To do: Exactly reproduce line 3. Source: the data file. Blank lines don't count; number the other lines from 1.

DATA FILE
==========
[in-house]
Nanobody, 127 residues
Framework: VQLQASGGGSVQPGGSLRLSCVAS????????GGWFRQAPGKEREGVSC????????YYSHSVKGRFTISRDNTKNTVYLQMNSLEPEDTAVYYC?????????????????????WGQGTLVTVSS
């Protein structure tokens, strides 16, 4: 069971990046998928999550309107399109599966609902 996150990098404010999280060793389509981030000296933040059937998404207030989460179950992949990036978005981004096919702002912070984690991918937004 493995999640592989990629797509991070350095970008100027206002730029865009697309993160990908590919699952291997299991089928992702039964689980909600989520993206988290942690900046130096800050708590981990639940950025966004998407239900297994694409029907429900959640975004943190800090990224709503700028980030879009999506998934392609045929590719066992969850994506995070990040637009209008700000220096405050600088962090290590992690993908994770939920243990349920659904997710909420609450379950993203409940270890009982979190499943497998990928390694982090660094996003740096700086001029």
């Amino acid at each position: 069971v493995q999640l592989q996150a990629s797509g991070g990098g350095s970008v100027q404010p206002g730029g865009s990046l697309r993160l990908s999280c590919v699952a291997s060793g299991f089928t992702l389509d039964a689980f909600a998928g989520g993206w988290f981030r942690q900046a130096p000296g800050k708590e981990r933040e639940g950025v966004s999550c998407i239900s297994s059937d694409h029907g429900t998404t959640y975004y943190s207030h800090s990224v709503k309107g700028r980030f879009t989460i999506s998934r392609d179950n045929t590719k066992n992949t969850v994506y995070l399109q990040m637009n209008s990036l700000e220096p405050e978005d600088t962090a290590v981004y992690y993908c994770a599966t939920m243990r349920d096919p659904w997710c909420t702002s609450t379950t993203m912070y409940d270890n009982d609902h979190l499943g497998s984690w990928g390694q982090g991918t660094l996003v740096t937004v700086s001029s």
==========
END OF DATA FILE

Framework: VQLQASGGGSVQPGGSLRLSCVAS????????GGWFRQAPGKEREGVSC????????YYSHSVKGRFTISRDNTKNTVYLQMNSLEPEDTAVYYC?????????????????????WGQGTLVTVSS